Mitchell submitted the minutes of the non-public sessions, together with an affidavit of the clerk who prepared them, and videos of the regular sessions, which record the roll call votes, to the court. Justice Charles Temple took the case under advisement.
The case was moved to Carroll County when Belknap Superior Court cited a conflict of interest.
Last Updated on Wednesday, 07 January 2015 12:26
LACONIA — One year ago, neither Nicole Center or Shane Mitza thought they'd be the guests of honor in a circuit court room, although both had seen their fair share of the insides of them.
Both, for different reasons, were facing felony convictions and well on their way to jail but for the intervention of Recovery Court — an all volunteer program in Belknap County that allows people who are facing felony charges and who admit that alcohol and drugs are the catalysts for their behavior to enter a comprehensive recovery program in lieu of jail.
"It's been a tough year," said Center yesterday at a well attended Recovery Court graduation ceremony in the 4th Circuit Court, Laconia Division, who said she was grateful she got arrested two years ago. "It's weird to say that but my life has changed."
Describing herself as "eternally grateful," Center not only attended 51 counseling sessions, 30 group sessions, and a special weekly counseling session, she did community service and worked a full-time job where she earned two promotions. She is also a single parent.
Shane Mitza, said Horizons Behavioral Health Coordinator Jacqui Abikoff, came into the program with sole goal of getting out and avoiding jail.
"He thought he could beat the system but the system beat him," Abikoff said while Mitza laughed at her observation.
Mitza said he'd been dealing with Judge Jim Carroll for the last 20 years but now "I can face Judge Carroll with pride, not disdain or worry."
"My son told me he thought I'd be dead by now," Mitza said. "Those words really meant something."
He told the crowd of fellow recovery members, dignitaries from the state, county and local government including Sen. Jeanie Forrester and Joe Harding, the director of the Bureau of Drug and Alcohol Services, that once he entered recovery all of his "so-called" friends were gone but now he has new and better friends.
He especially wanted to thank his wife for sticking with him through the lowest points in his life, his father and his children.
Mitza, who did his community service working in maintenance and landscaping at the 4th Circuit Court, Laconia Division, caught the attention of one of the security officers who gave him a job with his landscaping company.
He said he wanted to thank him and a second friend who also stood by him giving him rides, and occasionally money, to see him and his family through some rough times.
He said the entire recovery court team "helped him become the person he always wanted to be."
This is the second year of Recovery Court, which is called Drug Court in the other nine New Hampshire counties. Judge Carroll wanted his court to focus on recovery and thought that's what he would call it. It is the only "drug" court in the state without any public funding.
Carroll, who was overwhelmed with emotion during the graduation ceremony, said Mitza and Center have been stellar during their year with him. He said he saw Mitza at Mitza's son's high school graduation where he said Mitza told him that in his former life he probably wouldn't have remembered it.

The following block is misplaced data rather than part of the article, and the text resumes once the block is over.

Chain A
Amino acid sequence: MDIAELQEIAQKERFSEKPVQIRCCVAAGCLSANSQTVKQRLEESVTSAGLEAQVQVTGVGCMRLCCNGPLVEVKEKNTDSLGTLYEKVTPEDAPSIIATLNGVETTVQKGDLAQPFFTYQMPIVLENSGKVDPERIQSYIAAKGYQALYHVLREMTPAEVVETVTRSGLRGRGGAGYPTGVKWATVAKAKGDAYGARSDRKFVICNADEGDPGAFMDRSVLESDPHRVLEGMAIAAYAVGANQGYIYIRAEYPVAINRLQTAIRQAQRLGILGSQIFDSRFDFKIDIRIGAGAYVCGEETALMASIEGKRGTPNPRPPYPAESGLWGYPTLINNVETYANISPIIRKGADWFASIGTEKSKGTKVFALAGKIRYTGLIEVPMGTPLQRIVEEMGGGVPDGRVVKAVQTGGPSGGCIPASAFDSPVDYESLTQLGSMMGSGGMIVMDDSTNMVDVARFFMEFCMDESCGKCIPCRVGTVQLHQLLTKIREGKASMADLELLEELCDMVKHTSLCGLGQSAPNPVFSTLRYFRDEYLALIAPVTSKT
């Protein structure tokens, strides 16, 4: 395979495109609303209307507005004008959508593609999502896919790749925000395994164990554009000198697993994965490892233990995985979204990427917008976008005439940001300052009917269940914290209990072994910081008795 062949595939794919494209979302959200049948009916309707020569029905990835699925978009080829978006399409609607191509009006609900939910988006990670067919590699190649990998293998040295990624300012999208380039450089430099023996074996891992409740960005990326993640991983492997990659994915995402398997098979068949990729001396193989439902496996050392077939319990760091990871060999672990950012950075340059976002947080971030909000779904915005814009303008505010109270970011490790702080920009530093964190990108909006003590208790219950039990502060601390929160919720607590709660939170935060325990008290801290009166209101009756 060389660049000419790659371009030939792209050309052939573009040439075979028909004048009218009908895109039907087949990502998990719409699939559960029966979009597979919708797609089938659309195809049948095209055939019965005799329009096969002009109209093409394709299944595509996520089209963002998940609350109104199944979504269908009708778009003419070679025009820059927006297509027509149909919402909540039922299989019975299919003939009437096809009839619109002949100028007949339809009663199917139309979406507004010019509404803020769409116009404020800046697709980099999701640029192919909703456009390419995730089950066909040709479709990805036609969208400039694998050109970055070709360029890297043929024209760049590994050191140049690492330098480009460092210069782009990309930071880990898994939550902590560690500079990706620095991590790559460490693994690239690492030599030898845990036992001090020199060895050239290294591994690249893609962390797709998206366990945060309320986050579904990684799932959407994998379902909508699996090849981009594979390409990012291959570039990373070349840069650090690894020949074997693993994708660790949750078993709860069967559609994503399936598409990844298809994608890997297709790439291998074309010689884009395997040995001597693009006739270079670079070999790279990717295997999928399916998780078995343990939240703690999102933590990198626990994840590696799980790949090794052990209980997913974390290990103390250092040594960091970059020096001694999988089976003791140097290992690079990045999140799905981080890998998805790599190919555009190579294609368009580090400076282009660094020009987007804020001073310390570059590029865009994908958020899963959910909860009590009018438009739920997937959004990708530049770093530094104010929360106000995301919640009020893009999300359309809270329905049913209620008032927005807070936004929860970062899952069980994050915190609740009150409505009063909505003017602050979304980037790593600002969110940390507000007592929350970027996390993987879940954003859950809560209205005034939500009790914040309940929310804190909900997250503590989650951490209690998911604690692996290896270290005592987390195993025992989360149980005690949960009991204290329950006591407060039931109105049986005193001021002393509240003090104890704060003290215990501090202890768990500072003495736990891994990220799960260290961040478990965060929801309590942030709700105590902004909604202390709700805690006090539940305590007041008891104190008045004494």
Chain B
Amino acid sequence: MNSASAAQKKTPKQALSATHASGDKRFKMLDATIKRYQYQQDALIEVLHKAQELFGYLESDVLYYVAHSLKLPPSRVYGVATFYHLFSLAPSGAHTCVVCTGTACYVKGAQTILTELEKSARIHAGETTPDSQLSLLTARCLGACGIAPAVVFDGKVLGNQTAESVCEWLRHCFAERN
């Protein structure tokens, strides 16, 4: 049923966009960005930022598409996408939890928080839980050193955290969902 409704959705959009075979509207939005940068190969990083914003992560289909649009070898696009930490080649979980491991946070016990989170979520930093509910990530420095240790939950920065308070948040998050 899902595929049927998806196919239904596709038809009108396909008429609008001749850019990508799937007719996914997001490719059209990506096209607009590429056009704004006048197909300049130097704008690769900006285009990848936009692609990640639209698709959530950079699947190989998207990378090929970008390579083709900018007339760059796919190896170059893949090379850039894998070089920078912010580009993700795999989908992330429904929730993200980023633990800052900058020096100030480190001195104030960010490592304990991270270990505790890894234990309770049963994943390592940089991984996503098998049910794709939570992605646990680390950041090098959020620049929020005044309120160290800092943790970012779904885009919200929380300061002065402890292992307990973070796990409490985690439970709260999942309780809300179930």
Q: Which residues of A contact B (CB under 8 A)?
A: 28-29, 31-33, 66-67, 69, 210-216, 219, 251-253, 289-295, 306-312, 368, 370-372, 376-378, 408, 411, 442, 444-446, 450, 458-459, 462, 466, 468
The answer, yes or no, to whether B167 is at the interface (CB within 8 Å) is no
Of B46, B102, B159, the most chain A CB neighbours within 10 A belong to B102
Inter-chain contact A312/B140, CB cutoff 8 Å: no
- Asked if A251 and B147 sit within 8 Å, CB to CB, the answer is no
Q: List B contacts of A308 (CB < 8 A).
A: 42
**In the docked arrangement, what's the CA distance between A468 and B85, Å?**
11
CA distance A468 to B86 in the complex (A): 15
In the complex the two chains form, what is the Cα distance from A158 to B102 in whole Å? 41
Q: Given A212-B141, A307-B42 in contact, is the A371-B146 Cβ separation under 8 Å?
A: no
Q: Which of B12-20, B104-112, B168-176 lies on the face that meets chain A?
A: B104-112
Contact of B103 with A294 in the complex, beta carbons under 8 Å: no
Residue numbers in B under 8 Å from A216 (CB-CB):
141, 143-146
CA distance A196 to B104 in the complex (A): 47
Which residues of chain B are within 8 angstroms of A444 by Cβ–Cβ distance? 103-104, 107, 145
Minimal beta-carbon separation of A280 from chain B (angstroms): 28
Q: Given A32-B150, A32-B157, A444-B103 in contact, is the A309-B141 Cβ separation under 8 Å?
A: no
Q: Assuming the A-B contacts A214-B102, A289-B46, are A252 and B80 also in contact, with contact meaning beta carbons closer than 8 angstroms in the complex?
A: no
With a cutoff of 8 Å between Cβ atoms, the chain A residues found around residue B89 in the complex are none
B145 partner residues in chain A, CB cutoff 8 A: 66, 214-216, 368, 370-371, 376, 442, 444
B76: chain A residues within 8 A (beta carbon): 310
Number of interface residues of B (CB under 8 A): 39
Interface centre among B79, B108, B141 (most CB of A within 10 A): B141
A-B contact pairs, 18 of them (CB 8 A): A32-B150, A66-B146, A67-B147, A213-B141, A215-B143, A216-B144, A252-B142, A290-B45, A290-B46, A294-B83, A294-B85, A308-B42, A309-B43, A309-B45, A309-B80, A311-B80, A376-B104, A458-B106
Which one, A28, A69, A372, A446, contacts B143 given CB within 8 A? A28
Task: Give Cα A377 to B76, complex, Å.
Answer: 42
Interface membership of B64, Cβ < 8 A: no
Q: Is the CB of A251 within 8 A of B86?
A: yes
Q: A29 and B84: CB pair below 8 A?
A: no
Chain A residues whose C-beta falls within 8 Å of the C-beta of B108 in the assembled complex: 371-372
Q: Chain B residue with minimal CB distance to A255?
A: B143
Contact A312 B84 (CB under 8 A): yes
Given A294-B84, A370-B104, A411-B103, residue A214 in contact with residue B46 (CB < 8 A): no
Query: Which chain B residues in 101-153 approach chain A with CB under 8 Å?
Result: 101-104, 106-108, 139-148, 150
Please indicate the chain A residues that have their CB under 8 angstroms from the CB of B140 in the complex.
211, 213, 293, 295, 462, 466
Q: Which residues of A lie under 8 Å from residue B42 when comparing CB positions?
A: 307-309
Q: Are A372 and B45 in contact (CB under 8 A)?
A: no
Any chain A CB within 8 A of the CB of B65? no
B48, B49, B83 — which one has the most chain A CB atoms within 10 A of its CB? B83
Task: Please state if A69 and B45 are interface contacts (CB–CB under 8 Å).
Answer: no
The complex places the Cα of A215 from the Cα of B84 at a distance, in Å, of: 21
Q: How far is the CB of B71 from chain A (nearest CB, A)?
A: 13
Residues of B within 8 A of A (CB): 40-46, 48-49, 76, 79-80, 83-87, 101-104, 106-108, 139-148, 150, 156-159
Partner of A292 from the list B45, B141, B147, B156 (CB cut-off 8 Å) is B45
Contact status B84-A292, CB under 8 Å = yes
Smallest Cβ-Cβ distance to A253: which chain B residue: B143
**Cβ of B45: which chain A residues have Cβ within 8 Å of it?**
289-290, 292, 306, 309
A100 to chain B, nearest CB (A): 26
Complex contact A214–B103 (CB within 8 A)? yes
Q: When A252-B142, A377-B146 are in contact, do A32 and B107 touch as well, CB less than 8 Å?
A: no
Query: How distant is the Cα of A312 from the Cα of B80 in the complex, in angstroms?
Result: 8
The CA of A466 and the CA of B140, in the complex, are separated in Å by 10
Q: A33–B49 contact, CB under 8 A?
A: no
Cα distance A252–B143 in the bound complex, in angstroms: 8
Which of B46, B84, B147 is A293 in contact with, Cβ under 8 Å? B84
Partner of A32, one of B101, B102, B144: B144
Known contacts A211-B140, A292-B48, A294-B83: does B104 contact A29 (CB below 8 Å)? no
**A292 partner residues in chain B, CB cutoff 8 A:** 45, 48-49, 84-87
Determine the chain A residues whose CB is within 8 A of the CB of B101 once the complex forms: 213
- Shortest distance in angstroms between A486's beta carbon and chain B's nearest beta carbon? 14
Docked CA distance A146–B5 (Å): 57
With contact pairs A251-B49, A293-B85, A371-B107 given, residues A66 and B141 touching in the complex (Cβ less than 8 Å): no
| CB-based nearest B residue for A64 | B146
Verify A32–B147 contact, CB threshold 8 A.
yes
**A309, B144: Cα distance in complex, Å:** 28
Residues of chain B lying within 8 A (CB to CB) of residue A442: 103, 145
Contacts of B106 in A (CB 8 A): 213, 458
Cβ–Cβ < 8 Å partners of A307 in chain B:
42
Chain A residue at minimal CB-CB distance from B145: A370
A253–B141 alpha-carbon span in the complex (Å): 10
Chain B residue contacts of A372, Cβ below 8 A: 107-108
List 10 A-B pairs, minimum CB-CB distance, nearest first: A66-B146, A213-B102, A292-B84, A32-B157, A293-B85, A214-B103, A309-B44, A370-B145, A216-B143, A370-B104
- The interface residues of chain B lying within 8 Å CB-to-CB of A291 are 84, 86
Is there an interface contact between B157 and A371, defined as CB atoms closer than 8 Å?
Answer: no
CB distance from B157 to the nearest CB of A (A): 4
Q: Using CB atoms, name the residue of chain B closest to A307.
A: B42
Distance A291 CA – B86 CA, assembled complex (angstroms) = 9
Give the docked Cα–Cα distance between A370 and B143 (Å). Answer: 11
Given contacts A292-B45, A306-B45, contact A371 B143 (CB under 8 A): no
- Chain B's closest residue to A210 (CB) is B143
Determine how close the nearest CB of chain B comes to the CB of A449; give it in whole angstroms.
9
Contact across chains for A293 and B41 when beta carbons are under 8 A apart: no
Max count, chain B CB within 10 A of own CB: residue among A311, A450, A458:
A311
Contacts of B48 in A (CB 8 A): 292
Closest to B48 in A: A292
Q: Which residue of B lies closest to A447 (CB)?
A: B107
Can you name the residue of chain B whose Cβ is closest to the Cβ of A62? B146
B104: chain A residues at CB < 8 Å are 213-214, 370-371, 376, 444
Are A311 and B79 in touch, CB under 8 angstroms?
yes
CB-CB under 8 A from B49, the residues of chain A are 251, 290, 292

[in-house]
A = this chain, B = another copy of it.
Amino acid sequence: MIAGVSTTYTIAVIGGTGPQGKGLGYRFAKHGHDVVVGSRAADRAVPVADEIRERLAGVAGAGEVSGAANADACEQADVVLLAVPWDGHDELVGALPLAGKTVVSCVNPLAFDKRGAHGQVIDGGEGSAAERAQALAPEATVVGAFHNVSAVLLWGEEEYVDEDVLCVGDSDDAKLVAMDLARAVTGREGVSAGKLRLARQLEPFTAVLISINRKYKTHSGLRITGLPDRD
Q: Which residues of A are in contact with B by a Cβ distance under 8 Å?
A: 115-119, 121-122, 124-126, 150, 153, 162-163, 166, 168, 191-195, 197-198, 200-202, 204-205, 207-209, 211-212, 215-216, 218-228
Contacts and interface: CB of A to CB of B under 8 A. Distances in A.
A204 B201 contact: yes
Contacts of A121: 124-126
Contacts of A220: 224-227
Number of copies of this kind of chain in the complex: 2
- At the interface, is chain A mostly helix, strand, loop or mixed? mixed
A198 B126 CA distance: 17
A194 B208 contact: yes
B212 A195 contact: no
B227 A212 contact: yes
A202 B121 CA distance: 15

Carroll said that not only did Center and Mitza go through recovery but their families and their community went through it with them and had their backs during it.
Keynote speaker Joe Harding, who is also the director of the Governor's Commission on Alcohol and Drug Abuse Prevention, Treatment, and Recovery, told the audience that one of his goals is preventing addiction problems before they begin.
He said prevention starts with doctors and physicians who can get to people before they become addicted to drugs or alcohol.
Acknowledging he began recovery 26 years ago, he said he may have once been a candidate for a Recovery Court. He said the cycle begins when people become disconnected, more distant and more likely to use drugs and alcohol.
"Desperate people do desperate things and they end up in our judicial system," he said.
He said Abikoff's earlier plea for money from the federal and/or state government would probably fall on deaf ears.
Noting all of the community leaders who came to court to support Mitza and Center, he said the local community needs to take this program, raise the issues of drug and alcohol abuse and kept them in the forefront.
Judge Carroll said we all live one day at a time. Paraphrasing an article he said he had read over the weekend, Carroll noted that we all live "one day at a time."
He said yesterday is gone forever and nobody knows what tomorrow will bring so today is all we have — but today can be life-changing.
Recognition also went to Judge Williard "Bud" Martin who, through the Annette P. Schmitt Trust Fund made some money available to Horizons Counseling Center to keep the treatment portion of the program going.
He also thanked Harding who was able to defer some of the costs of the Nathan Brody Program to make the program affordable and accessible for those who need it.
Abikoff announced that Mitza and Center both entered the program on the same date and both have agreed to stay on a mentors for those who come after.
Recovery Court meets weekly at noon and a made possible through the private efforts and time of Judge Carroll, Belknap County Attorney Melissa Guldbrandsen, Restorative Justice Program Director Brian Loanes, Laconia City Prosecutor Jim Sawyer, the Public Defenders Office headed by lead attorney Jesse Friedman, Department of Corrections Superintendent Daniel Ward, the N.H. Department of Probation and Parole whose local office is headed by Serene Eastman, and Jacqui Abikoff of Horizons Counseling Center in Gilford.
Last Updated on Wednesday, 07 January 2015 12:19